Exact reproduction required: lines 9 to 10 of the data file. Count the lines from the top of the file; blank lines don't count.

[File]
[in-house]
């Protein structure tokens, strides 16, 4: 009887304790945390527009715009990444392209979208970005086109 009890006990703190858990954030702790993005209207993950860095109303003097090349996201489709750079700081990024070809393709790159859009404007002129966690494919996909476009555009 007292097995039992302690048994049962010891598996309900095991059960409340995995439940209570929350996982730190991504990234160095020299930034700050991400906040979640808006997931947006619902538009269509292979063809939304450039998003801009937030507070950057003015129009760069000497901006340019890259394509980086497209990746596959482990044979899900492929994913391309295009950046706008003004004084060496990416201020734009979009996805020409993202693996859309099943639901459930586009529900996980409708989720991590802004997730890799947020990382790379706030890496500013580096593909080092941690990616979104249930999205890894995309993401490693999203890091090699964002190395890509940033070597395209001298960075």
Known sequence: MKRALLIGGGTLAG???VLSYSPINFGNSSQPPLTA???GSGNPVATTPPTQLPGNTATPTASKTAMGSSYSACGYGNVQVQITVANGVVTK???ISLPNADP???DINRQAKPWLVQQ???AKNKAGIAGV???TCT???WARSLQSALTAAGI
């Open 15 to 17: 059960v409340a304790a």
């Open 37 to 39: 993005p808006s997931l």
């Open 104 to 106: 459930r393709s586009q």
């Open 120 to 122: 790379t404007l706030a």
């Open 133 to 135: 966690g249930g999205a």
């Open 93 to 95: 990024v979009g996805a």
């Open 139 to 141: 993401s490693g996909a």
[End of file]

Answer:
């Open 93 to 95: 990024v979009g996805a």
């Open 139 to 141: 993401s490693g996909a």